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Smoothing is soothing, and splines are fine
  1. K Steenland
  1. Correspondence to:
 Dr K Steenland
 Emory University, Rollins School of Public Health, 1518 Clifton Road, Atlanta, GA 30322, USA;

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Commentary on the paper by Eisen et al (Occup Environ Med, October 2004)*

Eisen and colleagues have provided a good example of the use of smoothing splines in a thorough analysis of exposure-response data, for a study of lung cancer in relation to silica exposure.1 Exposure-response data are increasingly important for two reasons.

First, as noted by Bradford Hill, a positive exposure-response provides support for a causal interpretation of an association. In the case of silica and lung cancer, evidence of a positive-exposure response in several studies has provided important support for the original 1997 IARC judgement that silica is a class I (definitive) carcinogen. That judgement has remained controversial because in some studies the exposed population has not had a higher lung cancer rate than the non-exposed comparison group. Some have argued that this may be because the surface properties of silica change in different settings and may have different toxicities, so that in some cases silica may not increase lung cancer risk. However, the explanation may simply be that in some cohorts there were not enough highly exposed subjects. Our own exposure-response analysis of 10 silica exposed cohorts (60 000 workers) indicated that indeed there is a positive exposure-response for silica but that the increase in risk is seen primarily at higher exposures, and the overall slope of the exposure-response curve is relatively low compared to classic lung carcinogens such as nickel and asbestos.5 This relatively low slope may be the reason why it has been it has been difficult to show that silica does indeed cause lung cancer.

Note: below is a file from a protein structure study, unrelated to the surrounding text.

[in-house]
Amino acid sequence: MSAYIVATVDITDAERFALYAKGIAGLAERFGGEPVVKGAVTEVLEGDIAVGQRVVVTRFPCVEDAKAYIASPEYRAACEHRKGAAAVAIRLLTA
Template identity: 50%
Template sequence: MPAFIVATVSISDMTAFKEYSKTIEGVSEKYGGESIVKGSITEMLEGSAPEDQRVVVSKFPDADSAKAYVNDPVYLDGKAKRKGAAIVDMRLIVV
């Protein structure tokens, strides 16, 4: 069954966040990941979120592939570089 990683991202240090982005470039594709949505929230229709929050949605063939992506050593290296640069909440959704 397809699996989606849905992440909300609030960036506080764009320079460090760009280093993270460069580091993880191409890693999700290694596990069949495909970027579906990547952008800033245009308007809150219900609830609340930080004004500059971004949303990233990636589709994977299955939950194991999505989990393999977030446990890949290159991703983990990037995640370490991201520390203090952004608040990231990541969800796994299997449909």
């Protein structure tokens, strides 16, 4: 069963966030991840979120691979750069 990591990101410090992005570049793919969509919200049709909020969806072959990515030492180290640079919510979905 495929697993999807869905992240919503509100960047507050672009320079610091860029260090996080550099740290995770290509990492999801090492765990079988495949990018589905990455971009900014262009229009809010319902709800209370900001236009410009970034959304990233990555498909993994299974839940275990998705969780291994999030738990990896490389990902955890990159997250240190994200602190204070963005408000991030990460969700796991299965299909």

Second, exposure-response data provide necessary data for regulators …

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